9 Suggestions On How To Improve The Education Sector

Allow me to share some (unsolicited) thoughts on Uganda’s education.

1. Government teachers need to become highly valued civil servants. Education courses should have rigorous entry requirements and should filter for a) passion, b) commitment and c) technical competence. It should become a very highly sought-after profession, not a last resort.

2. Focus heavily on improving the literacy and numeracy baseline. Everything in the education upstream doesn’t matter if students cannot read, write or handle basic calculations.

Policies for secondary school and university fall apart if the student’s literacy and numeracy foundation is weak.

3. Good policies mean nothing if the will to implement is weak. Ministry and district-level corruption trickle-down heavily into issues like inconsistent wages, teacher absenteeism and under-resourced classrooms.

4. Create a stronger emphasis on the real-world application of knowledge attained, irrespective of subject matter or discipline. Examine or assess students based on their capability to apply what they’ve learned rather than their ability to memorize for a test.

5. Overhaul technical and vocational training to cater for job-readiness/entrepreneurship. Be deliberate about integrating soft-skills, self-driven learning, critical thinking directly into the learning process, not as separate subjects or topics.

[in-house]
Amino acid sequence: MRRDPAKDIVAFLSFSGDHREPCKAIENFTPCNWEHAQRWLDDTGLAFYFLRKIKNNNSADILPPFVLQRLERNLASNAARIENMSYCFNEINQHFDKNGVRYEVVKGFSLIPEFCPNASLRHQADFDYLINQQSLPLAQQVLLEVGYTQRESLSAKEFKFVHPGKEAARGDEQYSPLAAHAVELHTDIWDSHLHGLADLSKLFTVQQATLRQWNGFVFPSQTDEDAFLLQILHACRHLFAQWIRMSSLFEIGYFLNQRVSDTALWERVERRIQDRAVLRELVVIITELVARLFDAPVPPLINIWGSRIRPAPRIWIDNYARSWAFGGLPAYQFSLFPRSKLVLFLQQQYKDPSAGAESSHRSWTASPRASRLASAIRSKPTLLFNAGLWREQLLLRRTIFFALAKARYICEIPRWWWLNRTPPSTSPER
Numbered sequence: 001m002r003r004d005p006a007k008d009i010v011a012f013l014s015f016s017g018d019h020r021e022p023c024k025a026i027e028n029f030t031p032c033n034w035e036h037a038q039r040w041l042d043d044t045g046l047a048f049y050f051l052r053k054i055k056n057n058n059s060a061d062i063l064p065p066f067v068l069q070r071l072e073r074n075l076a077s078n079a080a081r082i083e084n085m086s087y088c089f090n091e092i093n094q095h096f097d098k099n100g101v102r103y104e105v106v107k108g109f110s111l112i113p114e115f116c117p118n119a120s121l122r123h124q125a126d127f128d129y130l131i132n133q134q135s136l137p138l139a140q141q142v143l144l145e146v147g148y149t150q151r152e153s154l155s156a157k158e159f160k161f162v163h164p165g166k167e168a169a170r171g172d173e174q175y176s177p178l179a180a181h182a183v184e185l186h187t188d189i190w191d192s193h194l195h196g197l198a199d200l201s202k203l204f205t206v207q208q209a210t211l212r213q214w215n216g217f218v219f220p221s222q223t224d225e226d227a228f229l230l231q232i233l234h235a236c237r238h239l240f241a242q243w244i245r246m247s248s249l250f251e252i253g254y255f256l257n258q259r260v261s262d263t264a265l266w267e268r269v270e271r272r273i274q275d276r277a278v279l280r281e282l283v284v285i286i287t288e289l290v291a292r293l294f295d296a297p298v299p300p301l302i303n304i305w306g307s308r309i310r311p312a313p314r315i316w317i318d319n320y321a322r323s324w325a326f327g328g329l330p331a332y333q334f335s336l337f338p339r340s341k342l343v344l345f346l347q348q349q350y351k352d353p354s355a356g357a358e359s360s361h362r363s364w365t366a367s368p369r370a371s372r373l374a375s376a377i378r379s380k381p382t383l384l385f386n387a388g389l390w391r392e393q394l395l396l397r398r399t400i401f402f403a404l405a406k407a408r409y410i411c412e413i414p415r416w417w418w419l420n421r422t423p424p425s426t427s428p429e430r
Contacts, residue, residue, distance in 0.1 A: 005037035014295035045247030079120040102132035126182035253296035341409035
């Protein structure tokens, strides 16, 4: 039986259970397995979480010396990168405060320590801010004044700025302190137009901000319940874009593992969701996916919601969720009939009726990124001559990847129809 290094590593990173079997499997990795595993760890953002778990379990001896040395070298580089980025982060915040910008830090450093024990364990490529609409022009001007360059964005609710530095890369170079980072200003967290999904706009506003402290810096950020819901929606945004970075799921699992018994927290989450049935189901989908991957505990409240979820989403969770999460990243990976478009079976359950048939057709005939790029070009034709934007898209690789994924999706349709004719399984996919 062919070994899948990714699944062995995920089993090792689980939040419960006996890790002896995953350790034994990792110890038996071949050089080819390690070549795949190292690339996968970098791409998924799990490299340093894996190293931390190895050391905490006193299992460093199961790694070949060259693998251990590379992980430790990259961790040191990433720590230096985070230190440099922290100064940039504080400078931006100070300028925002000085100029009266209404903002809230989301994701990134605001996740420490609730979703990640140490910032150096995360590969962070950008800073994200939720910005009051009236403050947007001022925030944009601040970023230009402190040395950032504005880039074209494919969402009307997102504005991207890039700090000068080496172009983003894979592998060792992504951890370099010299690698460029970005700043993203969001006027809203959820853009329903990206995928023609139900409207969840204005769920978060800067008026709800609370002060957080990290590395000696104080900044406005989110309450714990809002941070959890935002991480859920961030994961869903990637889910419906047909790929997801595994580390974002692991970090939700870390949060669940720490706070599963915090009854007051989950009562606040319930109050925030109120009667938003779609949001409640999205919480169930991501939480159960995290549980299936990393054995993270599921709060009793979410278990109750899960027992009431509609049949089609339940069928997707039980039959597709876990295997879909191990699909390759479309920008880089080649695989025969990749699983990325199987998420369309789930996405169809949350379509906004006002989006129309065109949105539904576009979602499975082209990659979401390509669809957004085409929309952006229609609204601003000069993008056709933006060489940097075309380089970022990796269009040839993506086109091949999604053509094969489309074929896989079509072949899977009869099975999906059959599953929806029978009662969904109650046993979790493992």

6. Create stronger ties between industries and schools/universities. Create an apprenticeship/mentorship model that sees more interactions between working professionals and students in the same fields.

7. Ensure that schools have an equitable number of resources, especially at county or sub-county level. Schools in Kanungu or Katakwi should be able to offer the same level of learning/performance as schools in Kampala.

8. Stop/ban the listing of school performances in newspapers. This has created an extremely hostile environment in which schools teach students only to pass exams and parents choose schools because “they appeared in papers.” Many schools have now resorted to cheating.

9. Stop. Making. Kids. Wake. Up. At. 5AM.

I know these are idealistic suggestions and that the actual implementation has complex nuances which we may or may not be aware of. But I strongly believe that it’s possible.

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Written by Solomon King (1)

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